004 inventory-sudoers                   : copy './policy/' 'masterfiles/services/inventory-sudoers/'
004 inventory-sudoers                   : json './cfbs/def.json' 'masterfiles/def.json'
005 promise-type-git                    : copy '' 'masterfiles/modules/promises/'
005 promise-type-git                    : append '' 'masterfiles/services/'
006 promise-type-systemd                : copy '' 'masterfiles/modules/promises/'
006 promise-type-systemd                : append '' 'masterfiles/services/'
007 promise-type-groups                 : copy '' 'masterfiles/modules/promises/'
007 promise-type-groups                 : append '' 'masterfiles/services/'
008 ./                    : copy './' 'masterfiles/services/autorun/'

Generating tarball...

Build complete, ready to deploy 🐿
 -> Directory: out/masterfiles
 -> Tarball:   out/masterfiles.tgz

To install on this machine: cfbs install
To deploy on remote hub(s): cf-remote deploy --hub hub out/masterfiles.tgz

As the last 2 lines of output indicate, we now have a policy set we can deploy. I already have a CFEngine hub in cf-remote, named hub, so I will deploy it there:

$ cf-remote deploy --hub hub out/masterfiles.tgz

Deploying to:

OS            : ubuntu (debian)
Architecture  : x86_64
CFEngine      : 3.18.0 (Enterprise)
Policy server : None
Binaries      : dpkg, apt

Copying: '/Users/olehermanse/mypolicy/out/masterfiles.tgz' to 'ubuntu@'
Renaming 'masterfiles.tgz' -> 'masterfiles.tgz' on 'ubuntu@'
Running: 'systemctl stop cfengine3 && rm -rf /var/cfengine/masterfiles && mv masterfiles /var/cfengine/masterfiles && systemctl start cfengine3 && cf-agent -Kf && cf-agent -K'

I can log into the machine to see if my policy worked:

$ ssh ubuntu@
$ sudo ls /opt/lynis/	    FAQ		    README	 db		include	 default.prf	lynis     INSTALL  developer.prf	lynis.8     LICENSE	 extras		plugins

Indeed it worked. I can also see the new inventory attribute in Mission Portal:

The future

CFEngine follows a 6-month release schedule, with 18 months between each new LTS series. This is great for stability and predictability, but it does unfortunately mean that the time until a new feature arrives can be long. With CFEngine Build, we can continuously publish new modules and functionality in the tooling, and users can start using it the same day.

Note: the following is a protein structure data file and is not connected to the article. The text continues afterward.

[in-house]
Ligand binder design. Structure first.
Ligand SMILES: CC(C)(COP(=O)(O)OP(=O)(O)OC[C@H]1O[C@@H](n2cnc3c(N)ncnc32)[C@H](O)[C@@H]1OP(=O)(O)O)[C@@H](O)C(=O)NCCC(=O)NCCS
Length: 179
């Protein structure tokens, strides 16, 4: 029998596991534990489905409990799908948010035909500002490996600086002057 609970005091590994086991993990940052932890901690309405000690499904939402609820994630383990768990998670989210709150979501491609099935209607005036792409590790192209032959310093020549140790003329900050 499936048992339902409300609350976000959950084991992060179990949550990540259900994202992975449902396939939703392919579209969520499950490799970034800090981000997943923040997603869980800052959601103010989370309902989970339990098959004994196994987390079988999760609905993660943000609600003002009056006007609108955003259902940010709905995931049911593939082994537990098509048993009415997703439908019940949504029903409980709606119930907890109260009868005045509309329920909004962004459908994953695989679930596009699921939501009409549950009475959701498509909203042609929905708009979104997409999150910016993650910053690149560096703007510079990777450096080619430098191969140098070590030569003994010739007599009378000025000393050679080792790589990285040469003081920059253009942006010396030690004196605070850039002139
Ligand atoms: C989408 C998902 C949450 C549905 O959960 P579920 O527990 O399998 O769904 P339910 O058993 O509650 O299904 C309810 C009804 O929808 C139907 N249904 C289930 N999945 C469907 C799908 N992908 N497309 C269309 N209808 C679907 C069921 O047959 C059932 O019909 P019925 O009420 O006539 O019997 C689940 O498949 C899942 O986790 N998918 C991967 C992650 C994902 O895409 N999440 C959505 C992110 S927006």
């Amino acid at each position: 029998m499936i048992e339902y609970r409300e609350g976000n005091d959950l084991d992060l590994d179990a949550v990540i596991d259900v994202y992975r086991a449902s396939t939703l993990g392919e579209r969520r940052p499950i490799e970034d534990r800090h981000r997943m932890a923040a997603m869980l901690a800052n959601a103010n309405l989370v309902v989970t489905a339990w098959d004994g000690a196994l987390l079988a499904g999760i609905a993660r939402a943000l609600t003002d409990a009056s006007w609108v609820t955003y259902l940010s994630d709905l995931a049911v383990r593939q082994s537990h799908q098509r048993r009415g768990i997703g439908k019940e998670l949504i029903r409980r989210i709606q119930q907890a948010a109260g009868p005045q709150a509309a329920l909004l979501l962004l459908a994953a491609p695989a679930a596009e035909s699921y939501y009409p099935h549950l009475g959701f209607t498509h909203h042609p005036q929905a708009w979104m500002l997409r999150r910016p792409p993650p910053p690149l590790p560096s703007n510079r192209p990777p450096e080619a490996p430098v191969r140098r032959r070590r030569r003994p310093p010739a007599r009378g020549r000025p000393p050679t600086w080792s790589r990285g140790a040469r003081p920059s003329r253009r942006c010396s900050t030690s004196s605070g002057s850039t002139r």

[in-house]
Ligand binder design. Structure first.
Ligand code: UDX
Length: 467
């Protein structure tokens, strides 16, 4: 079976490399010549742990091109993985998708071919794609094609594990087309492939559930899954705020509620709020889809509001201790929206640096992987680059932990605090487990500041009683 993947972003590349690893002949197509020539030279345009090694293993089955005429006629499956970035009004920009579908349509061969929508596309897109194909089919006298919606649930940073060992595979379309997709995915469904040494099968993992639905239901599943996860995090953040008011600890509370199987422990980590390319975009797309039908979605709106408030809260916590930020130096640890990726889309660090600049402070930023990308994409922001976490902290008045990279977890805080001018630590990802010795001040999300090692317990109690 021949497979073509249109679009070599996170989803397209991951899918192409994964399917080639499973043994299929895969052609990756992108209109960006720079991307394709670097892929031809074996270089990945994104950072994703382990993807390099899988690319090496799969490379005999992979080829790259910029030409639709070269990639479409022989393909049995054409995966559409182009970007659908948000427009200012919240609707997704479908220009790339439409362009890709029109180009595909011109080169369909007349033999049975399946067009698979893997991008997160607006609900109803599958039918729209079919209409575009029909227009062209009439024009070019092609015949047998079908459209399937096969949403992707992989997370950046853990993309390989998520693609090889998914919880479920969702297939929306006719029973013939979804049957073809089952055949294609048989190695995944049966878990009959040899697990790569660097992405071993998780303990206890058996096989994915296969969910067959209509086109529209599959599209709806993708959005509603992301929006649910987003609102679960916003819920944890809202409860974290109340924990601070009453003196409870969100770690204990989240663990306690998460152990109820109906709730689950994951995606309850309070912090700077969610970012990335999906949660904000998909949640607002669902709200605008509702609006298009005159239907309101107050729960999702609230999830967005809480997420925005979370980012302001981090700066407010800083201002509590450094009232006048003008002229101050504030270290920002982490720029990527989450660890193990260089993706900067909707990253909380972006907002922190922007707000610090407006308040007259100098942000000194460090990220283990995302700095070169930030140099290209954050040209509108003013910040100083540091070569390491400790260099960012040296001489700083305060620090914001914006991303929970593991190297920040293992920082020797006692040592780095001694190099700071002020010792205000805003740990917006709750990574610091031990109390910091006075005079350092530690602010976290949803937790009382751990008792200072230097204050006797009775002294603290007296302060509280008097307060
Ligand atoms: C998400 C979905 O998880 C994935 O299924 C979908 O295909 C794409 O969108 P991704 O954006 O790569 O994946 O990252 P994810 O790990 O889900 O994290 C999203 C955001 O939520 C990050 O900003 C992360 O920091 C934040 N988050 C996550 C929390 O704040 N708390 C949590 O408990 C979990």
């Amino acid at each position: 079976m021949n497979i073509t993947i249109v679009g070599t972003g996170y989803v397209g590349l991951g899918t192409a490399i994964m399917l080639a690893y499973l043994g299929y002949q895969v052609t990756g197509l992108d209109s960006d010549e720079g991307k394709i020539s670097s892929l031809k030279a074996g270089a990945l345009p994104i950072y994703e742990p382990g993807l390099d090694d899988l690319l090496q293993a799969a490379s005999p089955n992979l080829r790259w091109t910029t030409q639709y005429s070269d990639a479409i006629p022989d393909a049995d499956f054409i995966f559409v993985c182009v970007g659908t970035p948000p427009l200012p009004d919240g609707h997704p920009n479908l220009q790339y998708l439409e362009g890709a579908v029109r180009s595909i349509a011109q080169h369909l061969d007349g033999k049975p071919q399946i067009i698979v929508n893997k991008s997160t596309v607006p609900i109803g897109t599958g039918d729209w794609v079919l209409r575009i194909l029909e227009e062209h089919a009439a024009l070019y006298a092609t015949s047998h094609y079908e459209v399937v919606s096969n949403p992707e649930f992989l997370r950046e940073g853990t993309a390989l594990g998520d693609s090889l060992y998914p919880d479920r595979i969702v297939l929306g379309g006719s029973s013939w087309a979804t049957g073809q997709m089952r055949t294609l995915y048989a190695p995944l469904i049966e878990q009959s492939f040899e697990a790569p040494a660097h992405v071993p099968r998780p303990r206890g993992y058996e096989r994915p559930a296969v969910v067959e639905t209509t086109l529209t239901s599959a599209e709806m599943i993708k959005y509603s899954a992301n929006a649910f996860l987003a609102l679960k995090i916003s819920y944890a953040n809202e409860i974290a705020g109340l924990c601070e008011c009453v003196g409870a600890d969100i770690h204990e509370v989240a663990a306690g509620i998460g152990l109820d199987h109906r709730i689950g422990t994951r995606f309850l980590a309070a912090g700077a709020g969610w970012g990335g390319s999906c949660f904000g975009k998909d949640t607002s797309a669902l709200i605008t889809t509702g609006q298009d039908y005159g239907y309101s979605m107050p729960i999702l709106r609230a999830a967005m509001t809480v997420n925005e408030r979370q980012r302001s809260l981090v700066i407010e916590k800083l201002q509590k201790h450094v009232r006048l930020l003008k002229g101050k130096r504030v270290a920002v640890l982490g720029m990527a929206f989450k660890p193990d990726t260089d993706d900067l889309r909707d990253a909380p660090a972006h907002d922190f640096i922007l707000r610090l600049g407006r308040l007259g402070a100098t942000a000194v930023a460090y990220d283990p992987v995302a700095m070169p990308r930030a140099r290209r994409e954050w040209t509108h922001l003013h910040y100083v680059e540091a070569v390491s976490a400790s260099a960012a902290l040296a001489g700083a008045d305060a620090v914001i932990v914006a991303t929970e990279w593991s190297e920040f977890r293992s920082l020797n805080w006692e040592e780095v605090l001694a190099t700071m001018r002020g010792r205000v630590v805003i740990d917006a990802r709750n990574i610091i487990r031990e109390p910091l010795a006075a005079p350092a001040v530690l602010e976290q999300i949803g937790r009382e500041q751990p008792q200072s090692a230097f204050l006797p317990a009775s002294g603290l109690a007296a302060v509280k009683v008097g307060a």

It does not change what is running on your servers - they will still have a policy set, just like before (located in /var/cfengine/masterfiles on the hub). The policy set is built and managed using CFEngine Build, but you choose when to deploy it, and you can test it first. CFEngine Build enables you to use new policy and modules, at ease, when you want to.

Without spoiling everything we have planned, here are some things you can look forward to in the near future:

  • Functionality and tutorials for migrating existing policy sets to CFEngine Build
  • The ability to share Mission Portal reports as modules
  • New promise types for HTTP requests and firewall management

Open source, for all users of CFEngine

Every part of this is open source; the command line tool, the website, the modules, etc. We want everyone to be able to use CFEngine Build and contribute, whether you’re a CFEngine Enterprise customer, a long time Community user, or someone who just got started with the Free 25 Enterprise Licenses.

The website is built with hugo and Less, and served using nginx. This is the same technology stack we use for The command line tool is written in Python, and released on pypi. (That’s very similar to how we develop cf-remote.) It uses git, requests, rsync internally, to clone repos, interact with APIs and copy files around for the build process. We’d like to take this opportunity to thank the authors and maintainers of all the mentioned open source software.


Before starting to write your own modules, we recommend getting familiar with the tooling and how things work. Once you feel like you understand the basics, there is a guide for how to author your own modules:

Getting help

If you have questions, suggestions or need help, please use our GitHub Discussions: